Mississippi did move its retirement eligibility slightly later by increasing the years of service, but it still allows members to retire based on years of service creating unnecessary spikes in wealth; the state also maintains a formula that does not treat all years of service equally. A more balanced way to incentivize workers to work longer would be to set retirement eligibility to align with Social Security. Mississippi still allows teachers  to retire with unreduced benefits as early as age 52, if they began teaching at age 22. This is well before Social Security age and does not take rising life expectancies into consideration.

How we graded

It is unfair to all teachers when pension wealth does not accumulate in a uniform way.

In addition to the ways defined benefit pension systems disadvantage teachers described in Goal 4-G, the way pension wealth accumulates in some systems further compounds the inequity. All pension systems use a multiplier to calculate the benefits an individual is entitled to receive based on salary levels and years of service. For example, a pension system may have a multiplier of 2.0. In such case, pension benefits are determined by multiplying average final annual salary by years of service and then multiplying the product by 2.0. Thus, someone working fewer years with a lower final salary would appropriately receive less in benefits than someone with more years of service and/or a higher final salary. However, the multiplier in many pension systems is not fixed; it increases as years of service increase. When a higher multiplier is used, teachers receive even more generous benefits.

Another way that pension benefits are awarded unfairly is through the common policy of setting retirement eligibility at different ages and years of service. For example, in a given state, a teacher with 30 years of service may retire at age 55, while teachers with fewer years of service may not retire until age 62. This means that a teacher who started teaching in this state at age 25 would reach 30 years of service at age 55 and receive seven additional years of full retirement benefits beyond what a teacher that started at age 32 and cannot retire with full benefits until age 62 would receive. A fair system would set a standard retirement age for all participants, without factoring in years of service.

Pension systems affect when teachers decide to retire as they look to maximize their pension wealth.

The year teachers reach retirement eligibility by age and/or years of service, their pension wealth peaks; pension wealth then declines for each year they work beyond retirement age. Plans that allow retirement based on years of service create unnecessary peaks, and plans that allow a low retirement age create an incentive to retire earlier in one's career than may be necessary. For every year teachers continue to work beyond their eligibility for unreduced retirement benefits, they lose that year of pension benefits, thus decreasing their overall pension wealth.
Although their yearly pension benefits would continue to rise as they earn additional service credit, it would only be at a small percentage per year, which would not make up for the loss of each year of benefits.

To try to balance this incentive to retire, some states have created DROP (Deferred Retirement Option Plan) programs. DROP programs allow participants to place their monthly pension benefits in a private investment account while still teaching and earning a salary, thus retaining those benefits. These teachers are, in effect, earning their pension and salary at the same time, and often at a relatively young age.

A DROP program is a band-aid on the problem; it does not fix what is structurally wrong: retirement at an early age without reduction of benefits. For example, the hypothetical teacher above decides to forgo retiring at age 47 in order to wait and qualify for her state's DROP program at age 55. She now has 33 years of service and has reached a pension equal to 66 percent of her salary. She remains in DROP for the maximum allowable five years. During that time, her five years of lost pension benefits plus her five years of mandatory employee pension contribution have been deposited in a private investment account. Upon retiring at age 60, she would receive the total of that private account plus a lifetime pension benefit annually of 66 percent of her final salary. With the lump-sum payment of her DROP account and monthly pension benefit, she will receive 100 percent of her final average salary for at least 10 years, and, depending on the state, she may also receive Social Security benefits. This generous guaranteed payout would be hard to find in any other profession.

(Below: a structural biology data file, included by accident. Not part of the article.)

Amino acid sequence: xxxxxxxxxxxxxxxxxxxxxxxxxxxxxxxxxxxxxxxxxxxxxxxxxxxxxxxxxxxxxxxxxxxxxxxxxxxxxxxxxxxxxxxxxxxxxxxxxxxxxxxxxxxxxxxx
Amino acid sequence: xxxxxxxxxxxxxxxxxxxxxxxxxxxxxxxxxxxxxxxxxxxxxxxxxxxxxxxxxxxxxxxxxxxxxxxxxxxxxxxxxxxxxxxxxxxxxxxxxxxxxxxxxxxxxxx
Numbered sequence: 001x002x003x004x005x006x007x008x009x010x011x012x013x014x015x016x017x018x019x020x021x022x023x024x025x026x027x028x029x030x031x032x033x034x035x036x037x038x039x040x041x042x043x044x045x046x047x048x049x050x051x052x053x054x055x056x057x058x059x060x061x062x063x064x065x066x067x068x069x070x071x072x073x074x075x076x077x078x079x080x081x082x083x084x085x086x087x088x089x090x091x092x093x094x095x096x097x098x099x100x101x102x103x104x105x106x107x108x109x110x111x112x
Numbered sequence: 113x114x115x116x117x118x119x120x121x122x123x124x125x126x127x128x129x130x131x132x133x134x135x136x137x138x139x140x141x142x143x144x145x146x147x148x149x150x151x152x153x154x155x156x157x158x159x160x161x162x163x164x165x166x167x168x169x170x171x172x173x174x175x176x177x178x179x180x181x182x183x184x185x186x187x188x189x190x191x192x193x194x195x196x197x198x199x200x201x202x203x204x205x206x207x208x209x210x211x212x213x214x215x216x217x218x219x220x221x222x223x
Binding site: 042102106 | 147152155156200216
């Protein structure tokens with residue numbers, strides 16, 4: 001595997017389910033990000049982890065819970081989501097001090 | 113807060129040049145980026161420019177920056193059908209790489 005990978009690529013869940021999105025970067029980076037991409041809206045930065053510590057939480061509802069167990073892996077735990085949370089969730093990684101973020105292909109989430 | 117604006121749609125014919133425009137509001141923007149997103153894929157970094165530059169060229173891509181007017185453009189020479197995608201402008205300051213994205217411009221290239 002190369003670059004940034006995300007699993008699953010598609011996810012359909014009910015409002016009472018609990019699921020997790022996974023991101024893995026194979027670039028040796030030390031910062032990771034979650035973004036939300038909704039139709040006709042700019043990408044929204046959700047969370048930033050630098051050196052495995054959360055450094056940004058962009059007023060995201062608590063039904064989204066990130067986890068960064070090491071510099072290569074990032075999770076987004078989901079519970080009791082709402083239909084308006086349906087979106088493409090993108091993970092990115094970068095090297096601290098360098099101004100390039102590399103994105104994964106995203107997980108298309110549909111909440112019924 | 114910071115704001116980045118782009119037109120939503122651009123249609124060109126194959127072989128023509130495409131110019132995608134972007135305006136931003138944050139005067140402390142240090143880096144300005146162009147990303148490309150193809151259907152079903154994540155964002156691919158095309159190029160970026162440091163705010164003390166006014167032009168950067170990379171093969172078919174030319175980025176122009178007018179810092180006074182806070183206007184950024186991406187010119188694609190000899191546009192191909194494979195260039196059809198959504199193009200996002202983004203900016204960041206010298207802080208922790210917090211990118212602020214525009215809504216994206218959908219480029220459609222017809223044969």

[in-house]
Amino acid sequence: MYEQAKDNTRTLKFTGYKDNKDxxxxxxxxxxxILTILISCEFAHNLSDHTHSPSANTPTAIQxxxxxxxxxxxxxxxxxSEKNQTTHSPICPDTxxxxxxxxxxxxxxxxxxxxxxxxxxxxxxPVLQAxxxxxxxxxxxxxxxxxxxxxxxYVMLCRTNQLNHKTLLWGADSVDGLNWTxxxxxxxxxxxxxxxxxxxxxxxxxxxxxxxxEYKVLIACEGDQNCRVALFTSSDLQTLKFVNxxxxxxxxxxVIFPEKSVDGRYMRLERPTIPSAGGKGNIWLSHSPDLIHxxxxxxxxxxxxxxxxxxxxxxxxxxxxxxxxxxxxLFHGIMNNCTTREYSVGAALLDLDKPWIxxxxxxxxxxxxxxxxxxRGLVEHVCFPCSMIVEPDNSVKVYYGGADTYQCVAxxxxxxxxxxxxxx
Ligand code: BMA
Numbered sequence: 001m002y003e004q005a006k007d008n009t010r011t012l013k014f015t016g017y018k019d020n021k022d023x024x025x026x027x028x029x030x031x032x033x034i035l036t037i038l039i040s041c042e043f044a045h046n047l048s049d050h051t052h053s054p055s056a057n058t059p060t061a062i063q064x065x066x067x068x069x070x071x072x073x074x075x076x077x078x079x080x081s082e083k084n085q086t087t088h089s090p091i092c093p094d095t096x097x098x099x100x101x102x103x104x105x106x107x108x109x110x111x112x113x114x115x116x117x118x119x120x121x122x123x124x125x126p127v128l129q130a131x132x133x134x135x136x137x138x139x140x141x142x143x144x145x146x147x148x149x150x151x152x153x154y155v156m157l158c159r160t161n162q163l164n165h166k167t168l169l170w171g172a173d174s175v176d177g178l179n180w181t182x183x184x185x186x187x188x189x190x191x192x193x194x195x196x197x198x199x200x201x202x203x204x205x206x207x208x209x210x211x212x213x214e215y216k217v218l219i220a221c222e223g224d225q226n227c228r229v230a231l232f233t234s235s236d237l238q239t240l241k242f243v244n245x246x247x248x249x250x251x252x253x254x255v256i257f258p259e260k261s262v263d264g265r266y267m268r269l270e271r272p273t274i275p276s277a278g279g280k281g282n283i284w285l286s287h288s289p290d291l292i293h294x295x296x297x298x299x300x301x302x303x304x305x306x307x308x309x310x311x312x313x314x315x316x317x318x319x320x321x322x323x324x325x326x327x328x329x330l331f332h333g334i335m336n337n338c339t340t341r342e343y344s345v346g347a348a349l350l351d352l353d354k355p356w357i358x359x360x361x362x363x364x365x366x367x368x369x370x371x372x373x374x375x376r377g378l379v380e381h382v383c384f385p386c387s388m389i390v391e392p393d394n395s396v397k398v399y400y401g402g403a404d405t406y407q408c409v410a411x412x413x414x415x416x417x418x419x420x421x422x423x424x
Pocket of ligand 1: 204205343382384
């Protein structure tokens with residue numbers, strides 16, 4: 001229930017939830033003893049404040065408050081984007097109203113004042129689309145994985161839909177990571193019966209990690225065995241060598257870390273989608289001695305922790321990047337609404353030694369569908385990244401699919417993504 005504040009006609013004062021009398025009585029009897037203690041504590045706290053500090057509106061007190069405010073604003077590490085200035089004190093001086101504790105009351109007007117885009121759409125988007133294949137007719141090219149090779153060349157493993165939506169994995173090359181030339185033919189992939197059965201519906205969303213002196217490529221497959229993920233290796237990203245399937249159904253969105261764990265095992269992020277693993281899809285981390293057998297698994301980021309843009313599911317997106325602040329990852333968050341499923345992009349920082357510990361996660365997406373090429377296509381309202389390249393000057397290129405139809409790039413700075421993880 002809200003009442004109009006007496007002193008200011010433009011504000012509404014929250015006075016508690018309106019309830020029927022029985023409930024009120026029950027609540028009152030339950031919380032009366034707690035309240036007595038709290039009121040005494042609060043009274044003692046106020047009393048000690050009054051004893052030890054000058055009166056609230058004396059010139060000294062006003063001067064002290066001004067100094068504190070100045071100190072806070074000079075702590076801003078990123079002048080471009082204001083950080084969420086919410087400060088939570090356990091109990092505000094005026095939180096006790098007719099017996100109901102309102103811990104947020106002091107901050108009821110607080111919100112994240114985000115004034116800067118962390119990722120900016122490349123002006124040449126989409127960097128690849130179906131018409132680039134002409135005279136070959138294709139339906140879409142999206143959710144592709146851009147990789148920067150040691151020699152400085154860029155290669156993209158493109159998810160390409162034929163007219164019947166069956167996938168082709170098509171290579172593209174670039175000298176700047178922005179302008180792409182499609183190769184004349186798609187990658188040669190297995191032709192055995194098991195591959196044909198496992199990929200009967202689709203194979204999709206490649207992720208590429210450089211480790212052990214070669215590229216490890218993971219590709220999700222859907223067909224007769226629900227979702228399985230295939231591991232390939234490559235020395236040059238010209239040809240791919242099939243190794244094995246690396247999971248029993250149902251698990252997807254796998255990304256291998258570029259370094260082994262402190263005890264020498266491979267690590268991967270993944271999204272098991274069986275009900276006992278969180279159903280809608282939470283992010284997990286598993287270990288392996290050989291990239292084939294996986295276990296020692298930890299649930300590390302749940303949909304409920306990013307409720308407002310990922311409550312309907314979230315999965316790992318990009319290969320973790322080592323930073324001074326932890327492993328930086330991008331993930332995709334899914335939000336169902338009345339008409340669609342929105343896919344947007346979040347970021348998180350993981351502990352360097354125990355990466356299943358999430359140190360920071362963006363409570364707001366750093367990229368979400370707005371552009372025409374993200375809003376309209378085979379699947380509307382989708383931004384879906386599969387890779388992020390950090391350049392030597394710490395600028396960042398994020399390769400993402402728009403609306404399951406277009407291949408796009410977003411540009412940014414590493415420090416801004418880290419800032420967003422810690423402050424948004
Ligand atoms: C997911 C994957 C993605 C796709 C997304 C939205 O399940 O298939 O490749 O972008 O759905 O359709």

DROP programs do create an incentive for some teachers to remain past their eligible retirement age, but at a high cost. DROP programs mean that districts still must find the funds to pay pension benefits to teachers at a relatively young age when those dollars could be more effectively spent.

Research rationale

NCTQ's analysis of the financial sustainability of state pension system is based on actuarial benchmarks promulgated by government and private accounting standards boards. For more information see U.S. Government Accountability Office, 2007, 30 and Government Accounting Standards Board Statement No. 25.

For an overview of the current state of teacher pensions, the various incentives they create, and suggested solutions, see Robert Costrell and Michael Podgursky. "Reforming K-12 Educator Pensions: A Labor Market Perspective." TIAA-CREF Institute (2011).

For evidence that retirement incentives do have a statistically significant effect on retirement decisions, see Joshua Furgeson, Robert P. Strauss, and William B. Vogt. "The Effects of Defined Benefit Pension Incentives and Working Conditions on Teacher Retirement Decisions", Education Finance and Policy (Summer, 2006).

For examples of how teacher pension systems inhibit teacher mobility, see Robert Costrell and Michael Podgursky, "Golden Handcuffs," Education Next, (Winter, 2010).

For additional information on state pension systems, see Susanna Loeb, and Luke Miller. "State Teacher Policies: What Are They, What Are Their Effects, and What Are Their Implications for School Finance?" Stanford University: Institute for Research on Education Policy and Practice (2006); and Janet Hansen, "Teacher Pensions: A Background Paper", published through the Committee for Economic Development (May, 2008).

For further evidence supporting NCTQ's teacher pension standards, see "Public Employees' Retirement System of the State of Nevada: Analysis and Comparison of Defined Benefit and Defined Contribution Retirement Plans." The Segal Group (2010).